At WWDC last week, TMO interviewed six developers, some newbies and some old-timers, each with a unique story to tell. Here are some highlights of what each developer told TMO’s Dave Hamilton plus links to each interview.
Like many popular apps, Instapaper started its life as a personal solution for Marco Arment. Then it took off as customers realized how great it is. Now, Instapaper faces the challenge of Lion’s Reading List. Mr. Arment sizes up the new competition with our Dave Hamilton during WWDC week.
Ben Satterfield founded 23Divide in Los Angeles and started providing high level technical consulting to major media brands. Along the way, his company found the need to deliver apps to customers on the move, and the the legendary TestFlight was born. Here’s Mr. Satterfield’s story about how it all happened and his Robin Hood business model.
Andrew Stone started developing software for the NeXT computers back in the 1990s, moved on to the Mac and has had the Apple fever ever since. Perhaps no one has more experience working as an independent developer in the Apple world, and he has terrific perspective to offer. These days, he’s still writing great iOS software, like Twittelator, but he’s also mentoring younger developers. Andrew Stone has been a good friend for many years, so the interview at WWDC gets off to a fast start.
James Wilson tells a fascinating story of how he started with a small band of übergeeks and networking services, founded LithiumCorp, developed client apps on Macs, created an experimental iOS app, Stickybeaks, and then finally created Tweed, a Twitter client that curates tweets that have URLs. It’s a tale of serendipity and synergy in the Apple world.
At WWDC, TMO’s Dave Hamilton caught up with Stefan Reitshamer, founder of Haystack Software. His company makes Arq, online backup software as well as photo utilities software. They chatted about Mr. Reisthamer’s history as a Mac developer, what happend when he put his phone number on the website and his extraordinary business model.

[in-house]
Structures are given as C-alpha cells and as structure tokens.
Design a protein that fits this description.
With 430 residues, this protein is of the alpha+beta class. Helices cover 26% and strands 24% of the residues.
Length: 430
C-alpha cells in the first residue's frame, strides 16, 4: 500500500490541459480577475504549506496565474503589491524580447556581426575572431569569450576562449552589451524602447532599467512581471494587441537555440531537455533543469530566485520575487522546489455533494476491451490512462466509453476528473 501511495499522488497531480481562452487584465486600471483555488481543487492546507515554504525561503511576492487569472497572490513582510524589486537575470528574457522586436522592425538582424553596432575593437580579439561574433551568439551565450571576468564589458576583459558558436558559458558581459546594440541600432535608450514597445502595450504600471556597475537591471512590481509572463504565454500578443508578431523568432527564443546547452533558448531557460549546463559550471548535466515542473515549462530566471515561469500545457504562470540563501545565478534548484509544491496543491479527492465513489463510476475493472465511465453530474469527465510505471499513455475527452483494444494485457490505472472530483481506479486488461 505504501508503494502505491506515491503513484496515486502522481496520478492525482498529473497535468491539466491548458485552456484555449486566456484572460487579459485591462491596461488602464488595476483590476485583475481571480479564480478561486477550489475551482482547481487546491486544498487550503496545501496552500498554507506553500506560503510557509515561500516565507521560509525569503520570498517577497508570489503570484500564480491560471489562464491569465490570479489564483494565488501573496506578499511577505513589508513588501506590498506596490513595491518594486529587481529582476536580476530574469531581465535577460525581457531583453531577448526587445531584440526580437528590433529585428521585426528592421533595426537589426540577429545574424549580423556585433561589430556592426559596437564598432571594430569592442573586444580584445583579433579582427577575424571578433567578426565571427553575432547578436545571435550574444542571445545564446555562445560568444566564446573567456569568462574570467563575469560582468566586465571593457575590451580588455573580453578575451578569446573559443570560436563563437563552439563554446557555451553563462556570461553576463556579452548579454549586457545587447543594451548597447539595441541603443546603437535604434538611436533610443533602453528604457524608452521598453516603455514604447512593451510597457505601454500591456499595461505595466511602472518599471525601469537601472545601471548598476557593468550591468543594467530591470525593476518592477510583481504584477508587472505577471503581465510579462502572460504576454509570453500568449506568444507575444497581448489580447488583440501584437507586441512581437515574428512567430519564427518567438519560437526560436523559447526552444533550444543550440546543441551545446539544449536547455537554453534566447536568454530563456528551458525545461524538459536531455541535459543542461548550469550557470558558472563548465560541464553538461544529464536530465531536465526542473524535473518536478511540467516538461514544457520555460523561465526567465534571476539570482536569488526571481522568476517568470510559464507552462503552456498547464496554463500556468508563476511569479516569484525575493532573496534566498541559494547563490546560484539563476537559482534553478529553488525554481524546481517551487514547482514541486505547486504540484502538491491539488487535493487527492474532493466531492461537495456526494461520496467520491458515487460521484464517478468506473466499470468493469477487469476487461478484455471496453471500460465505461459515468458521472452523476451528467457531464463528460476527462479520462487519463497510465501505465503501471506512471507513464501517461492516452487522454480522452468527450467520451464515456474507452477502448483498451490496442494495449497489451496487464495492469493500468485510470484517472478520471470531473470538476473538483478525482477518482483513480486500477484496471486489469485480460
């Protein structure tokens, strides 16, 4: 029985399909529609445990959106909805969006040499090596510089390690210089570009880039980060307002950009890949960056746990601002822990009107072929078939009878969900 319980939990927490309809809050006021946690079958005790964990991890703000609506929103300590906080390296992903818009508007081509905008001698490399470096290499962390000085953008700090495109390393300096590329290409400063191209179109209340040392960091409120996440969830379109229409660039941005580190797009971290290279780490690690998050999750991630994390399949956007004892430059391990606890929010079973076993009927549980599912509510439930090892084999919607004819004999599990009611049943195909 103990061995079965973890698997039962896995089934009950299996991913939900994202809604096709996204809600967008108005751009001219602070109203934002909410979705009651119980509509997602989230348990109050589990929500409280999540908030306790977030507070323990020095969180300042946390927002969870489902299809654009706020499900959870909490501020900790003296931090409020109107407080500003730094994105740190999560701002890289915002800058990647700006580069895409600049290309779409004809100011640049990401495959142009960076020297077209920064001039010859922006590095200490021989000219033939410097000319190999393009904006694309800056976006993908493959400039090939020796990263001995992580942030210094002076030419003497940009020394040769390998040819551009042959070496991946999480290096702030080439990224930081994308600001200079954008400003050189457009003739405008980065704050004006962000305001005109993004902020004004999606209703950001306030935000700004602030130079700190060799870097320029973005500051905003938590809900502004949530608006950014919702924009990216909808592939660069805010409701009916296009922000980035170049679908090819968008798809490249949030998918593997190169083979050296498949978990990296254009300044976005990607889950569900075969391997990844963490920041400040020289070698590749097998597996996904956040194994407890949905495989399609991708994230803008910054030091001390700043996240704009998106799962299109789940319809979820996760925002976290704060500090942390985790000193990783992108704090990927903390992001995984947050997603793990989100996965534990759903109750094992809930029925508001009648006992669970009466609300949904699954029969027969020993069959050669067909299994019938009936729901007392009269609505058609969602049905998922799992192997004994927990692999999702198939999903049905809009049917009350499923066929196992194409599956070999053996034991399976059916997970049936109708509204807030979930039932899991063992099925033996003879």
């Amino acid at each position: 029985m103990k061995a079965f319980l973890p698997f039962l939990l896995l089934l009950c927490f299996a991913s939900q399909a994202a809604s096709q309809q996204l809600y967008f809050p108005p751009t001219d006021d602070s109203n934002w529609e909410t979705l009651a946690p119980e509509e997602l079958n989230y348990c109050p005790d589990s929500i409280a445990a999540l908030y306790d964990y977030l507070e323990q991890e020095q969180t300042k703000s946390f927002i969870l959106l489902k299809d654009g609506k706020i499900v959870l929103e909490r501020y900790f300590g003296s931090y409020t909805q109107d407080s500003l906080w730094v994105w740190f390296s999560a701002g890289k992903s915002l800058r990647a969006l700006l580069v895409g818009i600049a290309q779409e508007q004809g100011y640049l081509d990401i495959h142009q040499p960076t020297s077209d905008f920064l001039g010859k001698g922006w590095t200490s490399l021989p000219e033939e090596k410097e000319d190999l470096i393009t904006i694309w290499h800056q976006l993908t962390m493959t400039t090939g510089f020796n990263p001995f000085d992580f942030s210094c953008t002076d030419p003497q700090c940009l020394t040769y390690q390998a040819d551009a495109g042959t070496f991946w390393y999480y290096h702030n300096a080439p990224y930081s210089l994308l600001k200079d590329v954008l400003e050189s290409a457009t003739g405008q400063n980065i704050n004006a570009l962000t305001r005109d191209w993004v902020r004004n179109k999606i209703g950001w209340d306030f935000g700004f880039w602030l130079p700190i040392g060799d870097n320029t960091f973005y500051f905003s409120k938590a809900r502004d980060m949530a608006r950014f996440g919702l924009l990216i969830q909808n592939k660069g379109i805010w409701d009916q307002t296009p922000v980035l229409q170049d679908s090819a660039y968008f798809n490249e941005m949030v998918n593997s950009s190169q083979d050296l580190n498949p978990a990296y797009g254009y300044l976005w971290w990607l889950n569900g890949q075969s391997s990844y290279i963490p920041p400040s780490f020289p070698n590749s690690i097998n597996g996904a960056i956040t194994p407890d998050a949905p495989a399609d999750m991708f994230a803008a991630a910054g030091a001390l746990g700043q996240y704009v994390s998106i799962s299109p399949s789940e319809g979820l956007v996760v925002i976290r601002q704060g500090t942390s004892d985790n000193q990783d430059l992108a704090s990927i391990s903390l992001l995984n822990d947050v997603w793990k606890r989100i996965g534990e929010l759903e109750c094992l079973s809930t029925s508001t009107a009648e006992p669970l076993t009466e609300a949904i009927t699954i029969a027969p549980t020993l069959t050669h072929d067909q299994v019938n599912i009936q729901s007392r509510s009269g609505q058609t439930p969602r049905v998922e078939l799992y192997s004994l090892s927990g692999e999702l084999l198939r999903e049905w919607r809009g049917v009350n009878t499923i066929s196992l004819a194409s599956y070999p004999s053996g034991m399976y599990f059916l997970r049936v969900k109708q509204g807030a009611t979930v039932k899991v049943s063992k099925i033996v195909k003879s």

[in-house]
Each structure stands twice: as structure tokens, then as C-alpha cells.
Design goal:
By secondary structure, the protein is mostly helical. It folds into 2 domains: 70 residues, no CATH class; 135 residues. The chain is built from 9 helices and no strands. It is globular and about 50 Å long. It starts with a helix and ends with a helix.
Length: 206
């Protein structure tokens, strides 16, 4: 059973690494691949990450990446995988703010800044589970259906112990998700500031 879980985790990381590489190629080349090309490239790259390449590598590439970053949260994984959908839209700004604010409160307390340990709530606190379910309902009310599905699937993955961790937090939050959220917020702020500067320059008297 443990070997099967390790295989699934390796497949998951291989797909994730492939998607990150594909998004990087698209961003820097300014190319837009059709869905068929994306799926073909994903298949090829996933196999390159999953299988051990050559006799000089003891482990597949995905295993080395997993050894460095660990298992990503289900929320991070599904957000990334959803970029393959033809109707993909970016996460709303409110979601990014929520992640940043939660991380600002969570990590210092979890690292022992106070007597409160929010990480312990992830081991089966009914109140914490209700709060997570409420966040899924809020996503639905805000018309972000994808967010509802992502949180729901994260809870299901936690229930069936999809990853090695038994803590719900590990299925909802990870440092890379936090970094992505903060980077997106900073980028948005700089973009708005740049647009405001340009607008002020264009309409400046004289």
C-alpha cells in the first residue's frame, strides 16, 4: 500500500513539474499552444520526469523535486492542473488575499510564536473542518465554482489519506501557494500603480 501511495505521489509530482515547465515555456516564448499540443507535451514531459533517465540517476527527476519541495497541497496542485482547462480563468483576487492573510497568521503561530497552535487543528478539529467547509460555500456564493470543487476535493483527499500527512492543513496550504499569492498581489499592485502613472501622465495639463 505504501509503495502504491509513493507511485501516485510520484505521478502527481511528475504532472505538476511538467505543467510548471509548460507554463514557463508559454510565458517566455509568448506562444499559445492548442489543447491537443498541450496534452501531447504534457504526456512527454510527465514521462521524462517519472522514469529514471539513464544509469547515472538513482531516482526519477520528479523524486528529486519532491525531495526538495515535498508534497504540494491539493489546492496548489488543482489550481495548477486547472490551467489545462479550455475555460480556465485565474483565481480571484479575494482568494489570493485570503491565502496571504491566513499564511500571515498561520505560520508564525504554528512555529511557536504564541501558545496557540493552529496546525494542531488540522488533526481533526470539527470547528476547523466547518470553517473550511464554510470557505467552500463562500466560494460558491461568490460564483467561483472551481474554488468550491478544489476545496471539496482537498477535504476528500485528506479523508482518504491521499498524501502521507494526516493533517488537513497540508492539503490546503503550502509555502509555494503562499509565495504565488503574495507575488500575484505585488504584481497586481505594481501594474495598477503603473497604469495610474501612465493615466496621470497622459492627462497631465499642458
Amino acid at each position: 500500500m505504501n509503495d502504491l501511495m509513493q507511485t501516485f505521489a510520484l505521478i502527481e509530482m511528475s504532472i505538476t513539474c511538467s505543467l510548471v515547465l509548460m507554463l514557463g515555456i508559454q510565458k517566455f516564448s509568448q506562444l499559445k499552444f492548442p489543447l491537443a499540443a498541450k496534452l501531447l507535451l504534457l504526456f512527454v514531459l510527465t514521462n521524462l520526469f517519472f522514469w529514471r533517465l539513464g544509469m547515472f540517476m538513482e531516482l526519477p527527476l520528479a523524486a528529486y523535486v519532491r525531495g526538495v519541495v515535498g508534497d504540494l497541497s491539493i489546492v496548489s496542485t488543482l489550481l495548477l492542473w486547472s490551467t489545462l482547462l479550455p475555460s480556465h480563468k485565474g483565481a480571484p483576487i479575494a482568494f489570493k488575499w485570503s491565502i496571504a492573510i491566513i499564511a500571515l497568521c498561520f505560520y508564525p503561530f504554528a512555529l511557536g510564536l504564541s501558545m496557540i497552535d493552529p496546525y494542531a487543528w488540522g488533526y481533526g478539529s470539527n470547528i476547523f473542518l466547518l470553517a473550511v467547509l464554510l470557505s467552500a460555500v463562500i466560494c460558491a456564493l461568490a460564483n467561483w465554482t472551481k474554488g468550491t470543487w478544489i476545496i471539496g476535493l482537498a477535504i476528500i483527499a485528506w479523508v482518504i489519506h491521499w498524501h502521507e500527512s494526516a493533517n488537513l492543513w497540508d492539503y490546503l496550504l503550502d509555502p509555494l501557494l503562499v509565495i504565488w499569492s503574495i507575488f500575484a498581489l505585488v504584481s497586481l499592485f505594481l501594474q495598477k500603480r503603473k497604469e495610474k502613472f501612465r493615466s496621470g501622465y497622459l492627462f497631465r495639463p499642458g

At WWDC this week, TMO’s Dave Hamilton arranged to interview Dan Bricklin. Mr. Bricklin was the co-creator of VisiCalc, the killer app, the first spreadsheet program, that put the Apple II on the personal computing map back in 1979. In Part II, Mr. Bricklin talks about apps he wrote in the early days for the Mac and now the iPhone and the iPad.
At WWDC this week, TMO’s Dave Hamilton arranged to interview Dan Bricklin. Mr. Bricklin was the co-creator of VisiCalc, the killer app, the first spreadsheet program, that put the Apple II on the personal computing map back in 1979. In Part I, Mr. Bricklin talks about the magic of the iPad, gestures, the power and control it gives users, and the kinds of changes it brings.
At WWDC, TMO sat down for lunch with Ken Case, CEO of The Omni Group, to chat about software development, working with Apple, the perspective on premium applications, things Apple is doing right and things it could do better for developers and the prospects of iOS merging with Mac OS X.
In Part I, Jim Teece spoke to a point in Steve Jobs’s WWDC keynote where he detected some real emotion. He continues in Part II with the second instance of that visible emotion by Mr. Jobs. It’s that passion for great products that keeps customers standing in line and also percolates into the developer community.
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